Senate Bill 66 which would update the law behind Ohio’s grain indemnity program and fund received its first hearing in the Ohio House this morning.
In fact, Senate Agriculture Committee Chairman Cliff Hite, the primary sponsor of the legislation which was unanimously passed by his committee and the full Senate, was today’s entire agenda in the House Agriculture and Natural Resources Committee. Hite provided sponsor testimony for SB 66, the bill’s first step through the House committee process to get the measure to the floor for a final vote.
Hite’s testimony began with off the cuff remarks about the Ohio Farmers Union being instrumental in bringing the issue to him and working with other stakeholders to get a bill that eventually sailed through the Senate. He followed with prepared remarks recounting some of the history behind the law which was first passed in 1983 and last updated in 2004. He focused on the two issues OFU has championed – codifying farmers as primary lien holders and the increases in the indemnity fund’s cap and trigger.
Several House members asked questions. Hite assured Rep. Rex Damschroder that the issue of whether or not to tie the indemnity fund’s cap and trigger to inflation had been discussed and set aside in the Senate. Although such a change might negate the need to come back to the legislature in a few years for authorization to adjust the amounts, stakeholders and senators decided that the proposed $15 million (farmer-funded) cap was the result of much discussion over two years and to open the issue again jeopardizes what is now universal support for the bill.
Rep. Margaret Ann Ruhl expressed concern that the revised law would preclude sorghum, spelt and other currently niche market grains from the program. She expressed concern for producers growing sorghum in her district. Hite replied that although the Ohio Dept. of Agriculture had requested these niche grains be excluded for now, a provision was written into the bill to allow the ODA director to bring one or all of them back should markets warrant their coverage.
Attending the hearing on behalf of OFU were Linda Borton, executive director; Ron Sylvester, external relations director; Joe Logan, executive committee member and Mel Borton who has been involved in advocacy for grain indemnity in Ohio since the 1970s. Today, only sponsor testimony was accepted in committee.
The next step in the committee process will be a second hearing on SB 66 next week, Tuesday, May 14th, 10 a.m. in Hearing Room 116 at the Statehouse. It may seem that after two years of hard work by many of us in the organization that this issue is sailing toward a favorable outcome. We cannot rest yet. Both Linda and Ron have been told that the banking lobby has raised some eyebrows about codifying farmers as primary lien holders in the event of grain elevator failures. The more people who testify in favor of this legislation, the less impact bank lobbyists are going to have on an issue that is about protecting family farms and truly small, local business interests. They may not show up at all, but if the last several years of economic and financial history have taught us anything, it’s that the financial services industry has no shame.
OFU President Roger Wise will be giving OFU’s lead testimony next week.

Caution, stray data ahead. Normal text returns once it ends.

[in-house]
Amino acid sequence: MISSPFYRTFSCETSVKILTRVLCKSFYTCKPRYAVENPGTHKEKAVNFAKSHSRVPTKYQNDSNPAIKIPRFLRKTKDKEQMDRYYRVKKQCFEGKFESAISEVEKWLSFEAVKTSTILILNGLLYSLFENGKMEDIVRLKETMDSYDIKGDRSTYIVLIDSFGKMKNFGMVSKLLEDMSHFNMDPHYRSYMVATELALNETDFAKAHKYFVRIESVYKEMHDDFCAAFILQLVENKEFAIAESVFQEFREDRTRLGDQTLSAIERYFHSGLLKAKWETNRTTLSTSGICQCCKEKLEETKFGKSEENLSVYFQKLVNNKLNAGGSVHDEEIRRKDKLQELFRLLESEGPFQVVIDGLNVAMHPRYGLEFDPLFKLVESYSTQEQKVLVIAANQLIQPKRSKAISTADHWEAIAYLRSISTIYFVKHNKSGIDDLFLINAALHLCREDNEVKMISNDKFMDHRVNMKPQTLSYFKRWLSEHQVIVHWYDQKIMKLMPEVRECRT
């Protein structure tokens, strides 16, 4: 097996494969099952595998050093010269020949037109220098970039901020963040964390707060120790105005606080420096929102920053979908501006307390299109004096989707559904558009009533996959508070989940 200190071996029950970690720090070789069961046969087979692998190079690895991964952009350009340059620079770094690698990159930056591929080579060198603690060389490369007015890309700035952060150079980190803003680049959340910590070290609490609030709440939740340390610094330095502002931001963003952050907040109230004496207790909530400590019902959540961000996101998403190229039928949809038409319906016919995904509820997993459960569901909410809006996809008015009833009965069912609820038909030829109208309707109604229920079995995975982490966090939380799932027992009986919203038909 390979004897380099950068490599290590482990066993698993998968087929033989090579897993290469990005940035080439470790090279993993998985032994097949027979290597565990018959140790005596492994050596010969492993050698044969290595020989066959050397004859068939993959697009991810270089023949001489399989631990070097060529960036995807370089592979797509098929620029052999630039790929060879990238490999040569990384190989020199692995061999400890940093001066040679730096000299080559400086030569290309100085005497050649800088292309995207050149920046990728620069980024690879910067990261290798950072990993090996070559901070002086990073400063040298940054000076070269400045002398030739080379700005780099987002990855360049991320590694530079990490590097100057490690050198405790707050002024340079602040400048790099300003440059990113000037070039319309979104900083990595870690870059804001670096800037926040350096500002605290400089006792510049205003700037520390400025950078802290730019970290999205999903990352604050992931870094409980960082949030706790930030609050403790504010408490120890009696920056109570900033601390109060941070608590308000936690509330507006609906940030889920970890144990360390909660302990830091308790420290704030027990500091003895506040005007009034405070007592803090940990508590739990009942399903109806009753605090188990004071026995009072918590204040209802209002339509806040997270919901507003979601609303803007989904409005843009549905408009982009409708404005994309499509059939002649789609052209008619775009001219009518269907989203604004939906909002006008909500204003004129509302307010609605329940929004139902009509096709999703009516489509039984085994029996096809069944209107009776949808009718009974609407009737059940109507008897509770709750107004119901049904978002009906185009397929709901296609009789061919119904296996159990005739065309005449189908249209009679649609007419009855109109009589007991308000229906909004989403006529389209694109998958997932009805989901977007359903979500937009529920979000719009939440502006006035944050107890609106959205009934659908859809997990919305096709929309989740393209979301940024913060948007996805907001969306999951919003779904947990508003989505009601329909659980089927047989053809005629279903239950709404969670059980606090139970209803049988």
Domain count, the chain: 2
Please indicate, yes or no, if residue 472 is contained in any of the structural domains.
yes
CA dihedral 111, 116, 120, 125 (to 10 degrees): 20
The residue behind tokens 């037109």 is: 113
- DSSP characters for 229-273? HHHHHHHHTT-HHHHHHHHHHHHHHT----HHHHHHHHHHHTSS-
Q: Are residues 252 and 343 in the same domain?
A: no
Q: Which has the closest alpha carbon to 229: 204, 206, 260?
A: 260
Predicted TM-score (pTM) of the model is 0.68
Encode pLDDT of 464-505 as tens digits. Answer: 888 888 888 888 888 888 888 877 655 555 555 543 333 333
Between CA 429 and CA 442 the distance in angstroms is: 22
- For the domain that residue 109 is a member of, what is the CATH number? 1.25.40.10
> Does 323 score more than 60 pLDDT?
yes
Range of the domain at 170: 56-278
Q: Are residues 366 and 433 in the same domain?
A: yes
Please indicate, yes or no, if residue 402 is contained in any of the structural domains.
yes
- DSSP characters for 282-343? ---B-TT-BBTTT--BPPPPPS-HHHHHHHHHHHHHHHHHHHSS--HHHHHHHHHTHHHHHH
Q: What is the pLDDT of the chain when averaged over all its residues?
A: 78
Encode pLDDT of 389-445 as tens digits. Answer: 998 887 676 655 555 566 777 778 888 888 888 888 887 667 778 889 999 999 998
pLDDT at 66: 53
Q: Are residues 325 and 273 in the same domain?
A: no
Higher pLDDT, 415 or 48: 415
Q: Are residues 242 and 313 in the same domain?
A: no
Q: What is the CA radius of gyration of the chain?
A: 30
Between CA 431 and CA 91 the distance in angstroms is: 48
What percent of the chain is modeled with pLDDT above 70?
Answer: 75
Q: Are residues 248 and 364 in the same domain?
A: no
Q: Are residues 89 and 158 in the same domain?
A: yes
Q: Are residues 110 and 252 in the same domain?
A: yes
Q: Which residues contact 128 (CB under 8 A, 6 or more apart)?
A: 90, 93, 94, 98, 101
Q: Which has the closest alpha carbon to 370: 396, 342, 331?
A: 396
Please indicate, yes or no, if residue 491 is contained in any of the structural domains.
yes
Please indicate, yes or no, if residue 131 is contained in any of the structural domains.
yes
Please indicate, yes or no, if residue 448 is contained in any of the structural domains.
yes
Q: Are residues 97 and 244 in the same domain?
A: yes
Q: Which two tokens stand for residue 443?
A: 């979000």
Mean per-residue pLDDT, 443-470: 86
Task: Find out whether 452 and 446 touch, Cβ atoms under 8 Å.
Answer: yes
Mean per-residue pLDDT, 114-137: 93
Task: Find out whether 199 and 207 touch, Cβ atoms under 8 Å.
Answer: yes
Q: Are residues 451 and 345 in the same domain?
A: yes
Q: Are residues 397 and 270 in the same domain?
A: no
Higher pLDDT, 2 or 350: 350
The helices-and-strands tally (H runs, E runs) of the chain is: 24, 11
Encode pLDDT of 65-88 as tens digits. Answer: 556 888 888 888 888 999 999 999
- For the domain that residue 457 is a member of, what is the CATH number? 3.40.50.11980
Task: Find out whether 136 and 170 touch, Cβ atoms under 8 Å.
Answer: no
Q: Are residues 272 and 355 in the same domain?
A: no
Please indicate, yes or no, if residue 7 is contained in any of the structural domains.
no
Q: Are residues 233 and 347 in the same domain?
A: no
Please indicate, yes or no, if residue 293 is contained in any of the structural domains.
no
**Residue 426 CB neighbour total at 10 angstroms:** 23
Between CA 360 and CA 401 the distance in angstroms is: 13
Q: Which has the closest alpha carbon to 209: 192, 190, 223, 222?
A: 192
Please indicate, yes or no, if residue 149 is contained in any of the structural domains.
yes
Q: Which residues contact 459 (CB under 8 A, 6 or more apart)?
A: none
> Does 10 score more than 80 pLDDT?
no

Your in-person testimony would be greatly appreciated. Please contact either Linda Borton (firstname.lastname@example.org) or Ron Sylvester (email@example.com) if you plan to testify in person. If you want, we’ll help prepare your testimony. We would also like to ensure that deadlines are met for getting electronic copies of your testimony to the committee prior to the hearing. If you have been involved as a farmer with a grain elevator failure and have a good story to tell about how the Indemnity Fund or ODA staff with the program helped you, that’s important. If you lost money during a failure before 1983 and would like to let legislators know how not having a program hurt your business that’s good testimony as well. Due to term limits creating a revolving door for legislators, we can’t rely on institutional memory in Columbus. Our representatives need to hear from farmers how and why the Grain Indemnity Fund is an important aspect of protecting family farms from financial hardship or ruin due to their local grain elevator failing.
If you are unable to testify in person, you can still have an impact by submitting written testimony. If you would like to go this route, please contact either Ron or Linda to make sure your document gets to the committee on time.
Finally, one point that could be made more clearly to members of the committee who are new to this issue or agriculture in general: Grain indemnity in Ohio – the fund and the ODA program ably managed by David Simmons – is entirely farmer-funded. Farmers are not asking for anything from government that they aren’t willing to pay for through the occasional one-half cent per bushel levy of corn, wheat or soybeans at their local elevator. In fact, on this count, agriculture stands up well when measured against other industries. For instance, the Kasich Administration requested $7 million in taxpayer funds to bolster the regulatory regime for the oil and gas industry in their latest budget submission. We’re paying our own freight as farmers in this regard.
Thanks to everyone who has helped in this effort thus far. OFU has been the leading stakeholder in the state at every meeting and working with Sen. Hite. We’ll have much to be proud of if we can bring this to Gov. Kasich’s desk in the next several weeks.